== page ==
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Montevideo, August 4th 2021 - 03:43 UTC

 

 

Uribe rejects any “peace dialogue” with guerrillas; ‘no repeat of that mistake’

Wednesday, July 28th 2010 - 02:51 UTC
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President Uribe’s strong hand until the very last minute President Uribe’s strong hand until the very last minute

Outgoing Colombian president Alvaro Uribe criticized Tuesday the possibilities of a peace proposal with the Colombian guerrilla groups FARC and ELN and emphasized that Colombia will not fall into the trap of “internationalizing dialogue”.

“Some people want Colombia to take the wrong path again, to ease the noose on the snake so she can again take oxygen and again attack us with its venom. Watch out with that initiative. Some talk about peace but they ignore security”, said Uribe during a ceremony at the Ministry of Defence.

The Colombian president emphasized his rejection to the “internationalization” of a dialogue demand with the guerrillas, although he never mentioned what countries are behind the initiative.

“We’re not going to fall into that trap again. We only demand from the international community that they abide by the agreed international rules we respect: fighting terrorism and offering them no refuge, nowhere”, insisted Uribe who next week, on August 7 will be stepping down after eight years in office and as the most popular Colombian leader in decades.

On that day his former Defence minister Juan Manuel Santos, who won the run off by a landslide four to one, will be sworn is as his successor.

Uribe’s statements come a few hours ahead of the Unasur (Union of South American Nations) Foreign Affairs meeting scheduled for next Thursday in Quito when Venezuela’s abrupt breaking relations with Colombia will be addressed.

President Hugo Chavez severed links reacting to Colombian claims before the Organization of American States that Venezuela ‘tolerated’ in its territory FARC and ELN camps with at least 1.500 guerrillas plus sanctuary for some of the most outstanding leaders of the two seditious organizations (Colombian Revolutionary Armed Forces and National Liberation Army). Colombia supported its claim with videos, photos, tapes and intercepted phone calls and e-mails.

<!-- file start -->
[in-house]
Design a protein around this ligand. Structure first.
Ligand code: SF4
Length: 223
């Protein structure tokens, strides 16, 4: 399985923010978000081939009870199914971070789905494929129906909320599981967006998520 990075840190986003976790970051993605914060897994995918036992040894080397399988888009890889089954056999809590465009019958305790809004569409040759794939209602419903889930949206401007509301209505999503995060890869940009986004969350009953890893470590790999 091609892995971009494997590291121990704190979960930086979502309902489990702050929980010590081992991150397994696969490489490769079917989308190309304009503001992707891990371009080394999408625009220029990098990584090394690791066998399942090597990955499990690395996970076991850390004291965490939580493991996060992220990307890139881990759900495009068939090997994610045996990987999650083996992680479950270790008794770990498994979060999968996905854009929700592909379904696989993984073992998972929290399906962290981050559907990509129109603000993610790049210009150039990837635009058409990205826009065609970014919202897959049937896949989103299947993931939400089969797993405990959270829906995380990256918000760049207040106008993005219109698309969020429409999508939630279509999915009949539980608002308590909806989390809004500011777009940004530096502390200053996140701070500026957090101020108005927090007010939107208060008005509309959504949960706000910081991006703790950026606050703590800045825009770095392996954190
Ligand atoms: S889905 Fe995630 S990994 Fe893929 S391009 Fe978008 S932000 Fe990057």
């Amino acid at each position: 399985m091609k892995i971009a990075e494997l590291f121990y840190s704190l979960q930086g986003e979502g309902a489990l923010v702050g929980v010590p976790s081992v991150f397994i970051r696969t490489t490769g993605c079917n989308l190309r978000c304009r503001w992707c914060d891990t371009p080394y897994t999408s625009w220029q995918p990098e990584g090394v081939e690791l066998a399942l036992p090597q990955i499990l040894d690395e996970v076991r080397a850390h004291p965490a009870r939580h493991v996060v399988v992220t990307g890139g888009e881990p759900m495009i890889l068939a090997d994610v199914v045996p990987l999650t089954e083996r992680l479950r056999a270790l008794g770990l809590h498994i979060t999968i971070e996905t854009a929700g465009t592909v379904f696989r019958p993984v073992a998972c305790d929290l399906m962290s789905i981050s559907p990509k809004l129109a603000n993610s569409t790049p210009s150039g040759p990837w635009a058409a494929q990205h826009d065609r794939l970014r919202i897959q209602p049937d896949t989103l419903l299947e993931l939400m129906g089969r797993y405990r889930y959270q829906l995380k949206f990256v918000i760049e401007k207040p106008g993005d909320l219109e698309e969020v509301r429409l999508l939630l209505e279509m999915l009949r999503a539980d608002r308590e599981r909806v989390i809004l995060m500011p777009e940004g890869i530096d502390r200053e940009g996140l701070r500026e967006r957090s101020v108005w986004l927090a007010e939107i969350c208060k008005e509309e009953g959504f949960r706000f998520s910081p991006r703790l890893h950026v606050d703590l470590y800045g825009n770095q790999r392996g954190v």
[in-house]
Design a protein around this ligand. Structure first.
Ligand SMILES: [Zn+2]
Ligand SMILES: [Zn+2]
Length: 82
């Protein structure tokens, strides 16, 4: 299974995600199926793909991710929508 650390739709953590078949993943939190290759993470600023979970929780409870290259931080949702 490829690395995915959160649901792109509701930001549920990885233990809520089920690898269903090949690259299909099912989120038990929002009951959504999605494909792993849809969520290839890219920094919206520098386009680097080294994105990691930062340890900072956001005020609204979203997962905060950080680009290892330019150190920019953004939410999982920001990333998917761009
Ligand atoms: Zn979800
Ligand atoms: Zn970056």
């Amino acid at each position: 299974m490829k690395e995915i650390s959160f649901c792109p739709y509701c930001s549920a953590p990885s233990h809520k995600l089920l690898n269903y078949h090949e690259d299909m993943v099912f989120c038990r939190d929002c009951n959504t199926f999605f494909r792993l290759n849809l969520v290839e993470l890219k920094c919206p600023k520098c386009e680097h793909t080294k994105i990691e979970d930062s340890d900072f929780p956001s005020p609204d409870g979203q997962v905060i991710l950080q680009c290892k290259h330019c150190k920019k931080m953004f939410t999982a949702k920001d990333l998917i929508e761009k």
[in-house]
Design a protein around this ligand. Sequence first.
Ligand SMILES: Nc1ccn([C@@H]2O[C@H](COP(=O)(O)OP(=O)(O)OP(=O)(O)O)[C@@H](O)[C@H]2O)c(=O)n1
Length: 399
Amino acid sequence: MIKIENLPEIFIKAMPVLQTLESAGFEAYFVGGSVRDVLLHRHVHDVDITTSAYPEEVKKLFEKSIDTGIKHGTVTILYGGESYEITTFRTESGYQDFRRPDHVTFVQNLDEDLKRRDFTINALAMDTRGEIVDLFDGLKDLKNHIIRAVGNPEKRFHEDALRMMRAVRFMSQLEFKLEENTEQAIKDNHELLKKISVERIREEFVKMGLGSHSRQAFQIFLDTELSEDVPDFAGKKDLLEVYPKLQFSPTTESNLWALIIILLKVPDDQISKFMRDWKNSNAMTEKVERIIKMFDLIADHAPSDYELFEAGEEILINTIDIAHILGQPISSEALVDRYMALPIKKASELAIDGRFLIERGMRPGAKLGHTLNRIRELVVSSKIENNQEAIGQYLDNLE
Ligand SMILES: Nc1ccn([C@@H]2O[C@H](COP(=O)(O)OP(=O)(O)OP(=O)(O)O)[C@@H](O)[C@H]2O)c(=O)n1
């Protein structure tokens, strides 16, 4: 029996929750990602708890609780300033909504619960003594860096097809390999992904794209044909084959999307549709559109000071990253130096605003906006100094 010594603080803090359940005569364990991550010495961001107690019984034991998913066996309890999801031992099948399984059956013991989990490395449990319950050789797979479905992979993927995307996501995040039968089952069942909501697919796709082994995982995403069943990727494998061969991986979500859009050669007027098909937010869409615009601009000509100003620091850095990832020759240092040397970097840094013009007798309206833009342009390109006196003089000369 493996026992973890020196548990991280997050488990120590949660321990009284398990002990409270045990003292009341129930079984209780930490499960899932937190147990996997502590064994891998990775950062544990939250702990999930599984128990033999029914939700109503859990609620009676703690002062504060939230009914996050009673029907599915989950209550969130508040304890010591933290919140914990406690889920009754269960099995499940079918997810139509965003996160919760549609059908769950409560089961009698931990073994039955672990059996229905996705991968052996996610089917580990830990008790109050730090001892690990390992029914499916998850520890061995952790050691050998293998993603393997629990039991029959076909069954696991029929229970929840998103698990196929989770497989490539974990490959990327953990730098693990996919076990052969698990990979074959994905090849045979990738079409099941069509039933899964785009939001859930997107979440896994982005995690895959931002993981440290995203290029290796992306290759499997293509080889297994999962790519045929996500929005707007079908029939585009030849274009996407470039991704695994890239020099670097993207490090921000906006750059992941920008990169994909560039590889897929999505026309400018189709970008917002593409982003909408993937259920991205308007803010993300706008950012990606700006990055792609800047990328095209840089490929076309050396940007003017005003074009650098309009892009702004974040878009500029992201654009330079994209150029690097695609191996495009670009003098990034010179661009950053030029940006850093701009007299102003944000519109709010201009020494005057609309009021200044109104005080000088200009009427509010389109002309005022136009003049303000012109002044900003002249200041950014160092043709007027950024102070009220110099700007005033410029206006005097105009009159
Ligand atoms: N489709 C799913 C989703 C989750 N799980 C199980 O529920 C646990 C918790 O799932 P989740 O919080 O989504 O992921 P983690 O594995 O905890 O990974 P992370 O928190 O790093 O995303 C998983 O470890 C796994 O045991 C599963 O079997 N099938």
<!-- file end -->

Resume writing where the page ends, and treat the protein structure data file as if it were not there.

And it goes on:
Venezuelan Foreign Affairs minister Nicolás Maduro is currently on a whirlwind round of visits to several South American countries (Brazil, Chile, Paraguay, Bolivia, Argentina and Uruguay) trying to trump support alleging that his country’s sovereignty is at risk, threatened by an attack from Colombia with United States support.

Washington and Bogotá with different arguments denied point blank any possibilities of such plans.

The US State Department said the US “is very pleased and satisfied with the energy links with Venezuela” which happens to be the US fourth oil supplier.

Bogotá stated that the issue is not dialogue, Colombia did not severe relations, but a formal Venezuelan denial, ratified in situ by a neutral commission that effectively those camps are non-existent nor are guerrilla leaders using Venezuela as a haven.

President Chavez rejects the “terrorist group” labels for FARC and ELN (imposed by the US and the EU) arguing they are part of the “Bolivarian revolution” combating regional oligarchies.

He has been in the past and is now again strongly pushing for the “peace dialogue” between the guerrillas and the Colombian government.

With the guerrillas on the run and virtually no public opinion support, and following some spectacular rescue-coups by Colombian special forces, there is no significant ambiance for such a peace dialogue in the country, according to the latest polls.
 

Categories: Politics, Latin America.

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